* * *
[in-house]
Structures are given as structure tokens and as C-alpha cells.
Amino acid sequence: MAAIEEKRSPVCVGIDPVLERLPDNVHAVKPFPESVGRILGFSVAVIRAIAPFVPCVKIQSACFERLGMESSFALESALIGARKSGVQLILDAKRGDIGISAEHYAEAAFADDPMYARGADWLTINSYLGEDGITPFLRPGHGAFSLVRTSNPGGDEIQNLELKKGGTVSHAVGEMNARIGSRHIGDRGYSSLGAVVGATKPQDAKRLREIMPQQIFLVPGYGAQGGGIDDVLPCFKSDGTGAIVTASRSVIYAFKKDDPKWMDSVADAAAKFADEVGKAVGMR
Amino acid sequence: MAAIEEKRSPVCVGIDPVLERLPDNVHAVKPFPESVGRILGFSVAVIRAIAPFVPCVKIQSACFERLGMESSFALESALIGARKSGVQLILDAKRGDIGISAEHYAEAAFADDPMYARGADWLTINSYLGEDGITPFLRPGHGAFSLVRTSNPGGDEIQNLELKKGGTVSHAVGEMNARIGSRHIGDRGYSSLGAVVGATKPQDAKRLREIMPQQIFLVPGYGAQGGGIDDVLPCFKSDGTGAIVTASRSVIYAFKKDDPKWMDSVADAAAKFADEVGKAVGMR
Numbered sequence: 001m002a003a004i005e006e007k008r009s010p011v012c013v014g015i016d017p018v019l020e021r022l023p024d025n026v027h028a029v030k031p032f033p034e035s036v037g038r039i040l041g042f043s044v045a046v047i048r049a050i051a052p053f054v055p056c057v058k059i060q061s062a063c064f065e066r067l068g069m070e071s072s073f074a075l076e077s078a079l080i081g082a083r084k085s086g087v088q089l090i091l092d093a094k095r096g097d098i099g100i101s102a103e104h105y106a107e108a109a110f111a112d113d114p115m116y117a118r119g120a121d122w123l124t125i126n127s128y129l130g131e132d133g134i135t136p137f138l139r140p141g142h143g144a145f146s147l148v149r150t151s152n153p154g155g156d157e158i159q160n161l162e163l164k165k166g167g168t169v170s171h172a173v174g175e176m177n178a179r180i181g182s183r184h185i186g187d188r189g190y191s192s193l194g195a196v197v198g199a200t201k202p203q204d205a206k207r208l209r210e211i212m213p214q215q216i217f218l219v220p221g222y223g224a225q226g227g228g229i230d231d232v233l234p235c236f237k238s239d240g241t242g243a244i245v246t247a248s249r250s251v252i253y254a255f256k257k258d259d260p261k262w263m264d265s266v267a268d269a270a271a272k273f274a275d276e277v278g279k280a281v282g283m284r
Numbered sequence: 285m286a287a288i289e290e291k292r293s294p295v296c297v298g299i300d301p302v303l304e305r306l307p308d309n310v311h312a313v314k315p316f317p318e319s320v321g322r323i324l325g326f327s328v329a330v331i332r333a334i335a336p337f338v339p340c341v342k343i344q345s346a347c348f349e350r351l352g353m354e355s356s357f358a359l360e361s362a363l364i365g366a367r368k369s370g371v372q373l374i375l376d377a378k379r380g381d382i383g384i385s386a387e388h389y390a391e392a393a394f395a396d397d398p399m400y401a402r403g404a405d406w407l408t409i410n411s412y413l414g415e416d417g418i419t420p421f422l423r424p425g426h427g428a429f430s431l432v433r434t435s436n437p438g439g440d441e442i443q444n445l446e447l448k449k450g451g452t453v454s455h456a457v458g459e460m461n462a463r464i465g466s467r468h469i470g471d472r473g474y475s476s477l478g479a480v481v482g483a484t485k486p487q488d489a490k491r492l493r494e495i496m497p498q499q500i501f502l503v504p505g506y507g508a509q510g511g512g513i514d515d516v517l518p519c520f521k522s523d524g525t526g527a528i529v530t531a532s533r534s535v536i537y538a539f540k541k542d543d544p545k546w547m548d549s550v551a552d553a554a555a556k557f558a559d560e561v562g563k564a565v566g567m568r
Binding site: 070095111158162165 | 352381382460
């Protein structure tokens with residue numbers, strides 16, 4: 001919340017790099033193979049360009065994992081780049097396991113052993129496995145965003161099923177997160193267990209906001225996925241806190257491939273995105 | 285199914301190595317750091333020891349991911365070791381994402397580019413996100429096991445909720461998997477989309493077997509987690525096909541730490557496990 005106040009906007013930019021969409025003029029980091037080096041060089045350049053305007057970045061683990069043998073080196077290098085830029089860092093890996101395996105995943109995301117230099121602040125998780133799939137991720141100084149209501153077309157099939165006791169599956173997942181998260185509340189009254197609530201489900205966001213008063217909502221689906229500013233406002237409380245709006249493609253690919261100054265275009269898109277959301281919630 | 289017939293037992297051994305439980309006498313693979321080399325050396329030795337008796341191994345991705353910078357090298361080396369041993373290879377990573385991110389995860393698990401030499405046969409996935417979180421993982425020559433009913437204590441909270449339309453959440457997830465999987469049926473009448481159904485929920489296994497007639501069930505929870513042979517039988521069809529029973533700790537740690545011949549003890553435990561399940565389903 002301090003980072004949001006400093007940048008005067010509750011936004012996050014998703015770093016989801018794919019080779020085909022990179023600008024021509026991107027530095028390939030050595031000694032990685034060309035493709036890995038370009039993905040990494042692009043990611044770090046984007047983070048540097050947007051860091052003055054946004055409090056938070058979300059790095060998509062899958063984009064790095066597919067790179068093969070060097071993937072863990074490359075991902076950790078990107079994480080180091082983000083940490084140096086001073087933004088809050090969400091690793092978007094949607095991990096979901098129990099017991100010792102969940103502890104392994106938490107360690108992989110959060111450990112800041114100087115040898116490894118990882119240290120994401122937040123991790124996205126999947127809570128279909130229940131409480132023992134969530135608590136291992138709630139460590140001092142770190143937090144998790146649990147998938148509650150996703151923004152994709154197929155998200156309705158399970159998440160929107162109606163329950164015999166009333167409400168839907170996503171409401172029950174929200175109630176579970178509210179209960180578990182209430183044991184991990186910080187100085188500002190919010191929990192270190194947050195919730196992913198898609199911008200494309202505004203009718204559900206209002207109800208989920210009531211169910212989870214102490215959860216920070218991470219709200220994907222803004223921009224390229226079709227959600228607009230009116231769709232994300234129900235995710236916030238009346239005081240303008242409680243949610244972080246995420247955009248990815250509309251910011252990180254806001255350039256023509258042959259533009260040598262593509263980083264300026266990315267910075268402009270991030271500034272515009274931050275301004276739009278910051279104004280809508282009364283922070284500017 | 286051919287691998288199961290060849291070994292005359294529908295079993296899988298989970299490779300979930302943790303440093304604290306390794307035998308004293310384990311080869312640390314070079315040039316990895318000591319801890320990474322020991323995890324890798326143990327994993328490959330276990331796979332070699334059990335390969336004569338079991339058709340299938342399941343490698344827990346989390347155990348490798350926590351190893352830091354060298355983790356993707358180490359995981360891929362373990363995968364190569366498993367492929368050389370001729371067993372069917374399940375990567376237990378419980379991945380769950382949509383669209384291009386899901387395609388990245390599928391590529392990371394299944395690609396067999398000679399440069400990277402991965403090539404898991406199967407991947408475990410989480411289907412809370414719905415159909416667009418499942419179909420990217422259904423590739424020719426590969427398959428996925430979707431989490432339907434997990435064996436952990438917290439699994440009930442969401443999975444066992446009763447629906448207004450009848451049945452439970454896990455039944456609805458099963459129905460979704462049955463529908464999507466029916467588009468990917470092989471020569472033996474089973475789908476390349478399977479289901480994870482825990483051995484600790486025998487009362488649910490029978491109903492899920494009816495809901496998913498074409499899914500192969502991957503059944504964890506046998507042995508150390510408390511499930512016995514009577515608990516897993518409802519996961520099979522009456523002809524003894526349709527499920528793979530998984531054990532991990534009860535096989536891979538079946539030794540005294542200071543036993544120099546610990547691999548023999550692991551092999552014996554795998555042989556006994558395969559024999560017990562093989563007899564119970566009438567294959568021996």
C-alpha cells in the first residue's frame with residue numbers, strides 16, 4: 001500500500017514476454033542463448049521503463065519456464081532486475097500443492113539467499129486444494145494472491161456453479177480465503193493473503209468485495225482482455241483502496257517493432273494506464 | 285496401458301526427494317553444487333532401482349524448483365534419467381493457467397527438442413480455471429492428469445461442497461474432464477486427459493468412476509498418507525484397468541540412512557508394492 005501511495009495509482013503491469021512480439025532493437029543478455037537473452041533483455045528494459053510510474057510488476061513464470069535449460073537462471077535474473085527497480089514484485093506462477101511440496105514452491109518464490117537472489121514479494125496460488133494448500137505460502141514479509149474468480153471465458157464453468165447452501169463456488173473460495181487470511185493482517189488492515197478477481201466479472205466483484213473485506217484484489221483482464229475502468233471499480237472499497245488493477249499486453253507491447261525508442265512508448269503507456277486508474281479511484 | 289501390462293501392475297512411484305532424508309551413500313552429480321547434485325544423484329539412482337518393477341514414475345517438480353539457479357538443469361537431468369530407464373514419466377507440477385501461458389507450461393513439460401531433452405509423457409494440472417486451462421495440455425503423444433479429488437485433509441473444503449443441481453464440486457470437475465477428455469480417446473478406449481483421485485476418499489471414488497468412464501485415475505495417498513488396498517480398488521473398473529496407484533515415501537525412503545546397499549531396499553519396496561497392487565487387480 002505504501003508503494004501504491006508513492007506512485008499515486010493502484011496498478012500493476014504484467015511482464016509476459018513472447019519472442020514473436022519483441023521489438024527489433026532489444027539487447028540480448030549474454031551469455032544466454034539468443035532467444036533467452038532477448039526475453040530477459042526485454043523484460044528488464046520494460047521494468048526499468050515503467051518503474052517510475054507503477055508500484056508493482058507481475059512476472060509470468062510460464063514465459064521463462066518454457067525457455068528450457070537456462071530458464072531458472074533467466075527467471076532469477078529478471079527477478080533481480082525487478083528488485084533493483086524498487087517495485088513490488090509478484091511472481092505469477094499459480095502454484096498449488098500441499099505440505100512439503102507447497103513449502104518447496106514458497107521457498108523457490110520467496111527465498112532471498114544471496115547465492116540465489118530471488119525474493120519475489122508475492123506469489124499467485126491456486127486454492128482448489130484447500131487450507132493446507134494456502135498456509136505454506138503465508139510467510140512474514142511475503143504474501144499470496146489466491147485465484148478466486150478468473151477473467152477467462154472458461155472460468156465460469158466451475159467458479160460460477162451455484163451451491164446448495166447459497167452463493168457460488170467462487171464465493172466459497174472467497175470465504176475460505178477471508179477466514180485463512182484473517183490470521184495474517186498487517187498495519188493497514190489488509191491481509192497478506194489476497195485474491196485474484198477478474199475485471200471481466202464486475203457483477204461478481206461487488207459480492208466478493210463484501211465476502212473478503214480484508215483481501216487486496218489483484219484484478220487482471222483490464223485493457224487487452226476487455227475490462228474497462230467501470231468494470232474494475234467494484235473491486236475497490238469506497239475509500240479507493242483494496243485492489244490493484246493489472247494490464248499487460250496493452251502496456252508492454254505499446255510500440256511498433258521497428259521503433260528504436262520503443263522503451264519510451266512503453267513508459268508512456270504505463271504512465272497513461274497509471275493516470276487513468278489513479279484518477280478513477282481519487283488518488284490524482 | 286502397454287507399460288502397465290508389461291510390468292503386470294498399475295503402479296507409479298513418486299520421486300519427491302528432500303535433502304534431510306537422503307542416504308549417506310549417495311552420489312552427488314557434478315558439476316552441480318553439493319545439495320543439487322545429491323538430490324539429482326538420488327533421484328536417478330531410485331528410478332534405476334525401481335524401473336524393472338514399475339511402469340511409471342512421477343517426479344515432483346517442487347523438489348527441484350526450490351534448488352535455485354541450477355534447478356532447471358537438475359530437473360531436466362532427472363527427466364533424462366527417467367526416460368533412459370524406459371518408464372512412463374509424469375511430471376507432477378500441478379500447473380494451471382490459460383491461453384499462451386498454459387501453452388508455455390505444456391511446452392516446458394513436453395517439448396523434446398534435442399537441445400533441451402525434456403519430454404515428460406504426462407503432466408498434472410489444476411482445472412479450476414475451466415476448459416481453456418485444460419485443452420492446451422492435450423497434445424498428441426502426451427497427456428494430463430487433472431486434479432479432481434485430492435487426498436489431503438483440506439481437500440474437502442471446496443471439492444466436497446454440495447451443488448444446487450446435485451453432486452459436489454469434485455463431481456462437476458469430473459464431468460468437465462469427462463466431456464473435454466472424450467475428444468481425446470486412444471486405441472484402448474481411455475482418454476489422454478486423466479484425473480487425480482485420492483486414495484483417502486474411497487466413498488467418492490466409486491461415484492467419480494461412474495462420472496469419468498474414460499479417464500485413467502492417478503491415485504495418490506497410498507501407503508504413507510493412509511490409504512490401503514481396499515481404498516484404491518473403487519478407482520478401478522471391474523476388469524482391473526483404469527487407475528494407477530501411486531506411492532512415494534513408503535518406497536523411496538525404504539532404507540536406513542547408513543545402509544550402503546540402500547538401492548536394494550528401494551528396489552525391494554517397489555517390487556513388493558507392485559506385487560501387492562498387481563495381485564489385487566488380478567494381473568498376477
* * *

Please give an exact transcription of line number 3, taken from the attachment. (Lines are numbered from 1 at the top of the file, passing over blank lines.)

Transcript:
Amino acid sequence: MAAIEEKRSPVCVGIDPVLERLPDNVHAVKPFPESVGRILGFSVAVIRAIAPFVPCVKIQSACFERLGMESSFALESALIGARKSGVQLILDAKRGDIGISAEHYAEAAFADDPMYARGADWLTINSYLGEDGITPFLRPGHGAFSLVRTSNPGGDEIQNLELKKGGTVSHAVGEMNARIGSRHIGDRGYSSLGAVVGATKPQDAKRLREIMPQQIFLVPGYGAQGGGIDDVLPCFKSDGTGAIVTASRSVIYAFKKDDPKWMDSVADAAAKFADEVGKAVGMR